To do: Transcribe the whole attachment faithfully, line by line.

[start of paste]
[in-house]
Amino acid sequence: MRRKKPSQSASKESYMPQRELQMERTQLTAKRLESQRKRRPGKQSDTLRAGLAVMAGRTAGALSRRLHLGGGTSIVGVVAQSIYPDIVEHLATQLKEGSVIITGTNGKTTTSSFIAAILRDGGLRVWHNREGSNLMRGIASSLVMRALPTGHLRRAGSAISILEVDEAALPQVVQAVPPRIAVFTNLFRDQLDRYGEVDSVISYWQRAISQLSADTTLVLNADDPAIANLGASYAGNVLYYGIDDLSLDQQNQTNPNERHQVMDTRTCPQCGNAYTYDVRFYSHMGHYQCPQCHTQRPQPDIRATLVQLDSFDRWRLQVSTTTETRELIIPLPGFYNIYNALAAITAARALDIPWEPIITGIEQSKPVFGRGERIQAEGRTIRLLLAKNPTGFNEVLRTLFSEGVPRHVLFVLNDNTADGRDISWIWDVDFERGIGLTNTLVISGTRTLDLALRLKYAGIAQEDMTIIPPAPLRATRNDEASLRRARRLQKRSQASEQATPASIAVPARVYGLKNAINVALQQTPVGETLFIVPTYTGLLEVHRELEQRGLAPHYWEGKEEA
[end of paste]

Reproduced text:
[in-house]
Amino acid sequence: MRRKKPSQSASKESYMPQRELQMERTQLTAKRLESQRKRRPGKQSDTLRAGLAVMAGRTAGALSRRLHLGGGTSIVGVVAQSIYPDIVEHLATQLKEGSVIITGTNGKTTTSSFIAAILRDGGLRVWHNREGSNLMRGIASSLVMRALPTGHLRRAGSAISILEVDEAALPQVVQAVPPRIAVFTNLFRDQLDRYGEVDSVISYWQRAISQLSADTTLVLNADDPAIANLGASYAGNVLYYGIDDLSLDQQNQTNPNERHQVMDTRTCPQCGNAYTYDVRFYSHMGHYQCPQCHTQRPQPDIRATLVQLDSFDRWRLQVSTTTETRELIIPLPGFYNIYNALAAITAARALDIPWEPIITGIEQSKPVFGRGERIQAEGRTIRLLLAKNPTGFNEVLRTLFSEGVPRHVLFVLNDNTADGRDISWIWDVDFERGIGLTNTLVISGTRTLDLALRLKYAGIAQEDMTIIPPAPLRATRNDEASLRRARRLQKRSQASEQATPASIAVPARVYGLKNAINVALQQTPVGETLFIVPTYTGLLEVHRELEQRGLAPHYWEGKEEA